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Published Articles by Doris Weatherford

Jargon, Branding, Verbiage, and Other Substitutes For Thought

I was enjoying our lovely November weather, sitting on the deck with a cup of coffee and a piece of apple pie, when I opened the New York Times to this headline:  "On the Left, a New Scramble over the Right Words to Say."  The first paragraph featured a college freshman describing his Latino friends, and a female student interrupted with:  "We say Latinx here because we respect trans people."  Read More 

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"Your Call Is Being Recorded…"

When robots tell you that "your call is being recorded for quality assurance," does that recording start then?  Does anyone hear me shouting that I want to talk to a person?  This is typical with most businesses these days, but the current target of my ire is the USF Credit Union.  I've had an account there since 1972 (!), but I spent a full hour trying to straighten out the most recent error.  Read More 

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Climate Change and More

I'm home from a ten-day trip to the Ozarks.  I went mostly because of a family funeral, but also because I wanted to see autumn leaves.  In my childhood there, one could be sure that trees would color by mid-October, but all was green this year.  Indeed, it was over 90 degrees until a thunderstorm (not a big one by Florida standards) dropped temperatures down to a more comfortable level.  Still, I never needed a sweater, and except for autumnal decorations, it did not feel at all like autumn. Read More 

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Unachieved Goals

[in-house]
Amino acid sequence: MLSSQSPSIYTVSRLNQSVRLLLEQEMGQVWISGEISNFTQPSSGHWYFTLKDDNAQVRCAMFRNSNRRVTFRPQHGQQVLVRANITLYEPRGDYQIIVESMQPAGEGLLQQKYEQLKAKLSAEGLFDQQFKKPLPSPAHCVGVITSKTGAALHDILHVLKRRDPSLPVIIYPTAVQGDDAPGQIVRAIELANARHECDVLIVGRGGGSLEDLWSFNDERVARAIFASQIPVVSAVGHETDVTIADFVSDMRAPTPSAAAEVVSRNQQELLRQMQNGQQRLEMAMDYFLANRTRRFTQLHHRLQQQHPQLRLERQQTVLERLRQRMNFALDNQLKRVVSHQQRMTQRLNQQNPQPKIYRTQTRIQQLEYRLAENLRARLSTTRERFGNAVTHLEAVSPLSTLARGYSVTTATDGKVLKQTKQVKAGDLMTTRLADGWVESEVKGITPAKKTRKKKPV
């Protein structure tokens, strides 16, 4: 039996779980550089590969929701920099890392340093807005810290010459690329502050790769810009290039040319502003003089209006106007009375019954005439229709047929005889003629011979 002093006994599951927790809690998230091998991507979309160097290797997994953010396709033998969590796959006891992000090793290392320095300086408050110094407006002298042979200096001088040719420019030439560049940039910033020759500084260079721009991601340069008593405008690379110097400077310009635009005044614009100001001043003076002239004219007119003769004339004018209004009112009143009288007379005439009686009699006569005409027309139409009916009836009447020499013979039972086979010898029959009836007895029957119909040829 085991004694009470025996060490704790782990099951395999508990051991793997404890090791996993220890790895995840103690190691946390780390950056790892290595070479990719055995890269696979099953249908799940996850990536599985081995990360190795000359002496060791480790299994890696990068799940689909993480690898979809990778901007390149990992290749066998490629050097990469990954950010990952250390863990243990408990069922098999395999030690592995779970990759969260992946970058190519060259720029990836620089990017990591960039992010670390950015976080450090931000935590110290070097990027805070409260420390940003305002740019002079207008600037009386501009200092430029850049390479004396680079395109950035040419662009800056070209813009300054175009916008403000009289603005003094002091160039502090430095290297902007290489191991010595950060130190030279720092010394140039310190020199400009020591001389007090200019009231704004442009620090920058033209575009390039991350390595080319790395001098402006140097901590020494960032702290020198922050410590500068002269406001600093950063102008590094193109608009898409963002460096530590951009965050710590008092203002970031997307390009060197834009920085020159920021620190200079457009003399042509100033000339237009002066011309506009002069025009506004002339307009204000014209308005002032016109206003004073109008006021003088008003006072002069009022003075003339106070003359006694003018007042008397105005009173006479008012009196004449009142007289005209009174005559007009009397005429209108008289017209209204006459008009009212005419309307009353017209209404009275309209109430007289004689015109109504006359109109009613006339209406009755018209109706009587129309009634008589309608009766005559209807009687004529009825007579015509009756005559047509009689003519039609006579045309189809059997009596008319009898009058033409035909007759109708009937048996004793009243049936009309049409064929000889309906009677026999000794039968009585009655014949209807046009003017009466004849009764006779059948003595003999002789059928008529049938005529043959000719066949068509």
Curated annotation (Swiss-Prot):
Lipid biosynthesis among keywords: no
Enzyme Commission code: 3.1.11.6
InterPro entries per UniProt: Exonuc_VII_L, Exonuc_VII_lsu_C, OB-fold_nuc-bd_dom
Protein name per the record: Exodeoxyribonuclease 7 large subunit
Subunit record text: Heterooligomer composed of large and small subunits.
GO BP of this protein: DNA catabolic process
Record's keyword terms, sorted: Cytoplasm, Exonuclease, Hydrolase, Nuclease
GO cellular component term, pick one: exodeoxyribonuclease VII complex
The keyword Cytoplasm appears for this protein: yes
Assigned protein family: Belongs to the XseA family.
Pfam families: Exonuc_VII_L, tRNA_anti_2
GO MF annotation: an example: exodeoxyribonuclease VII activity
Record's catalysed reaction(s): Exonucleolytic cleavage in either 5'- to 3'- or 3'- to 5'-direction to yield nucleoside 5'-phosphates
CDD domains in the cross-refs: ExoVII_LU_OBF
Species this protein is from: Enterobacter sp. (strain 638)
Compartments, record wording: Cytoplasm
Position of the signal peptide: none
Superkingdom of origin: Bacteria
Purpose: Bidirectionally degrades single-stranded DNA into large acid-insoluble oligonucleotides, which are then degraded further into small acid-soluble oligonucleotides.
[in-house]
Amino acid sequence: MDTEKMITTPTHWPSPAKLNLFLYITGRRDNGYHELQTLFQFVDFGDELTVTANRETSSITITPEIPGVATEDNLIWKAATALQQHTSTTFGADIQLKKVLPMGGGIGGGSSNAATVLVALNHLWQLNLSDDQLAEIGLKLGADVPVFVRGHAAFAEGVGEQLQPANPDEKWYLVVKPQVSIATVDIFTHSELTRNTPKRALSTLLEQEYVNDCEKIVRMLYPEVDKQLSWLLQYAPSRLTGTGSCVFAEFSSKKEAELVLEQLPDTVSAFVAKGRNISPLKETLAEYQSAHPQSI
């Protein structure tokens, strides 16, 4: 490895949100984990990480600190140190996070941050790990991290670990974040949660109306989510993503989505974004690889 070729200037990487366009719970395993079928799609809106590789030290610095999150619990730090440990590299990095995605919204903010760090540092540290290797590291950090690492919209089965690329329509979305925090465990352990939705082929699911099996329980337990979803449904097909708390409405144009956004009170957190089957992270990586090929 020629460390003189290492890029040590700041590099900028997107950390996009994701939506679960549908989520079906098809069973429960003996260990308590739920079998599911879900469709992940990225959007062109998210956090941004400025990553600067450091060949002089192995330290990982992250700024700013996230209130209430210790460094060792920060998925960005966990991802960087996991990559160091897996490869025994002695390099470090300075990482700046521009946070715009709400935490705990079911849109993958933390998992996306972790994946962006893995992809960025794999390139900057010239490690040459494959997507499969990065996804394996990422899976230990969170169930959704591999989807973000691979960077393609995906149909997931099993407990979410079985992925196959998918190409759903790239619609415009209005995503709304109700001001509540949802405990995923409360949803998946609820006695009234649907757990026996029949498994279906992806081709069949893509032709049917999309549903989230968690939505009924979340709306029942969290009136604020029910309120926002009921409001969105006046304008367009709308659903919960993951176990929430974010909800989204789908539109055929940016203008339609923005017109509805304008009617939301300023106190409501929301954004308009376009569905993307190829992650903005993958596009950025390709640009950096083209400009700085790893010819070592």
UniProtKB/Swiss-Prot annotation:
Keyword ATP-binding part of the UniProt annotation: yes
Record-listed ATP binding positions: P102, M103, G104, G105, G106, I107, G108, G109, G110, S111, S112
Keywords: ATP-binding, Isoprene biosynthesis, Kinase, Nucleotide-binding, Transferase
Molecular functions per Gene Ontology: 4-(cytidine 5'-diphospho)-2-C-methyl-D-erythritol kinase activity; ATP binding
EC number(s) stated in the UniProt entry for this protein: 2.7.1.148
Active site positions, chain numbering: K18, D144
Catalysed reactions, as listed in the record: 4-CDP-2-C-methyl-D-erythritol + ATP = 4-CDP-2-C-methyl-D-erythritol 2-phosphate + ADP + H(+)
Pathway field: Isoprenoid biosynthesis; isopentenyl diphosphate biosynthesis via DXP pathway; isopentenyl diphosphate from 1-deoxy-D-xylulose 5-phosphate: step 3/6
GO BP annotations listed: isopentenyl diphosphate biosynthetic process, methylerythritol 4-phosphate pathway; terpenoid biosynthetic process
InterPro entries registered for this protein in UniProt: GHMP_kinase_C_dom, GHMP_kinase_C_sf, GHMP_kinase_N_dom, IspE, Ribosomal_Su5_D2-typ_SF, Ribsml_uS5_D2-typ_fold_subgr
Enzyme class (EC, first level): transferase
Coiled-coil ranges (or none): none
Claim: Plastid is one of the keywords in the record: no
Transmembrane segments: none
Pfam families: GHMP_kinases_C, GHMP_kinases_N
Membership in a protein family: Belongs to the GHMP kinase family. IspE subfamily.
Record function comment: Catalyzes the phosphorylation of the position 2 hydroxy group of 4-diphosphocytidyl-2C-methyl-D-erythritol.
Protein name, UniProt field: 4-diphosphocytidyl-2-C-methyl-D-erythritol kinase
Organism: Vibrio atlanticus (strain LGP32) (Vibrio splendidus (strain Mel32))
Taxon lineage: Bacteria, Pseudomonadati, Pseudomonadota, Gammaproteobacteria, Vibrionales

Every fall, I regret that I have not led a campaign with friends who specialize in PR.  I would call this educational effort "Be Bright at Night," and it would come out at the autumnal equinox, when short days begin in September.  Until the winter solstice in December, our nights will be longer than our days, and therefore late afternoons and evenings – after the school day -- become more dangerous.  They used to teach this sort of thing when I was a kid, but now it seems that many people do not understand that they should make extra efforts to be visible at night.  Read More 

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Glorious Gloria

 

         A few years back, I was asked to speak at the downtown library on what turned out to be a very cold January morning.  Few people came, but one who walked from her Methodist Place home turned out to be a real asset to Tampa.  Gloria Jean Royster had moved here from Chicago, and she took up historical causes, especially that of Madame Fortune Taylor.  You may know that the Civil War's Freedman Bureau made reparations to some former slaves in the form of land, and in 1875, Fortune Taylor was granted a homestead at the north end of what then was downtown Tampa.  Read More 

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Florida Women's Hall Of Fame